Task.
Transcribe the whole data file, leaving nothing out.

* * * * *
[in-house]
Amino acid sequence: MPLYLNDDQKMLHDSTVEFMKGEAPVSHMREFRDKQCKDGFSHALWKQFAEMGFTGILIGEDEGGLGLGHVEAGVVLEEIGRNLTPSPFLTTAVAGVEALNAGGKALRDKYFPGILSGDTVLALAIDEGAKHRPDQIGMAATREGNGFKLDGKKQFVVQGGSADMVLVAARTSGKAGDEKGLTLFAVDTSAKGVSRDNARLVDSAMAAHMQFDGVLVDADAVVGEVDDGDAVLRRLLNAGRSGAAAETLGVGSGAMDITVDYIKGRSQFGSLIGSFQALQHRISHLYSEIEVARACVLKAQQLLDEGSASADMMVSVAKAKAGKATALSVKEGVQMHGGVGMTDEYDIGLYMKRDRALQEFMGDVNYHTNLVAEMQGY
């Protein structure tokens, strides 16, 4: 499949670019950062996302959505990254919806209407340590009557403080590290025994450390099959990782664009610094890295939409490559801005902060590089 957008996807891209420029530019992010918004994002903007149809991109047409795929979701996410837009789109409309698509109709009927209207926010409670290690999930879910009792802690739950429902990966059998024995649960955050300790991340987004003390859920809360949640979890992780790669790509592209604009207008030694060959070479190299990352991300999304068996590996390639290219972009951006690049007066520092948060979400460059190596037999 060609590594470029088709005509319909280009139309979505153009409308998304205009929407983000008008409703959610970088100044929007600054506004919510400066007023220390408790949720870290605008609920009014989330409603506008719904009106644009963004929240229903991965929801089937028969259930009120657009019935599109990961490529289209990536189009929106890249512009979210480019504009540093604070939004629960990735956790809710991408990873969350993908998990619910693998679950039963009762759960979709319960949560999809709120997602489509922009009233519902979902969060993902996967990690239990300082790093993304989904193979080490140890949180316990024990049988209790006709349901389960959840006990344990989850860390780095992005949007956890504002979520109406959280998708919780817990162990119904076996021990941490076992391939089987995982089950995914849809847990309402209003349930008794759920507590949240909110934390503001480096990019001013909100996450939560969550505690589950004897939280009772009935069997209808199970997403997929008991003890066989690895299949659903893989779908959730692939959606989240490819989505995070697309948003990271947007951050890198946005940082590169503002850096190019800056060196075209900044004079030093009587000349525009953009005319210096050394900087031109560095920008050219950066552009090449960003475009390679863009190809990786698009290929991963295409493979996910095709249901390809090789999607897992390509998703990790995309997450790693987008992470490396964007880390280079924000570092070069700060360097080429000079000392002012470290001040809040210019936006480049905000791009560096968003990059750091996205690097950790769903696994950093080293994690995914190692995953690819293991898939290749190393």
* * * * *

[in-house]
Amino acid sequence: MPLYLNDDQKMLHDSTVEFMKGEAPVSHMREFRDKQCKDGFSHALWKQFAEMGFTGILIGEDEGGLGLGHVEAGVVLEEIGRNLTPSPFLTTAVAGVEALNAGGKALRDKYFPGILSGDTVLALAIDEGAKHRPDQIGMAATREGNGFKLDGKKQFVVQGGSADMVLVAARTSGKAGDEKGLTLFAVDTSAKGVSRDNARLVDSAMAAHMQFDGVLVDADAVVGEVDDGDAVLRRLLNAGRSGAAAETLGVGSGAMDITVDYIKGRSQFGSLIGSFQALQHRISHLYSEIEVARACVLKAQQLLDEGSASADMMVSVAKAKAGKATALSVKEGVQMHGGVGMTDEYDIGLYMKRDRALQEFMGDVNYHTNLVAEMQGY
């Protein structure tokens, strides 16, 4: 499949670019950062996302959505990254919806209407340590009557403080590290025994450390099959990782664009610094890295939409490559801005902060590089 957008996807891209420029530019992010918004994002903007149809991109047409795929979701996410837009789109409309698509109709009927209207926010409670290690999930879910009792802690739950429902990966059998024995649960955050300790991340987004003390859920809360949640979890992780790669790509592209604009207008030694060959070479190299990352991300999304068996590996390639290219972009951006690049007066520092948060979400460059190596037999 060609590594470029088709005509319909280009139309979505153009409308998304205009929407983000008008409703959610970088100044929007600054506004919510400066007023220390408790949720870290605008609920009014989330409603506008719904009106644009963004929240229903991965929801089937028969259930009120657009019935599109990961490529289209990536189009929106890249512009979210480019504009540093604070939004629960990735956790809710991408990873969350993908998990619910693998679950039963009762759960979709319960949560999809709120997602489509922009009233519902979902969060993902996967990690239990300082790093993304989904193979080490140890949180316990024990049988209790006709349901389960959840006990344990989850860390780095992005949007956890504002979520109406959280998708919780817990162990119904076996021990941490076992391939089987995982089950995914849809847990309402209003349930008794759920507590949240909110934390503001480096990019001013909100996450939560969550505690589950004897939280009772009935069997209808199970997403997929008991003890066989690895299949659903893989779908959730692939959606989240490819989505995070697309948003990271947007951050890198946005940082590169503002850096190019800056060196075209900044004079030093009587000349525009953009005319210096050394900087031109560095920008050219950066552009090449960003475009390679863009190809990786698009290929991963295409493979996910095709249901390809090789999607897992390509998703990790995309997450790693987008992470490396964007880390280079924000570092070069700060360097080429000079000392002012470290001040809040210019936006480049905000791009560096968003990059750091996205690097950790769903696994950093080293994690995914190692995953690819293991898939290749190393």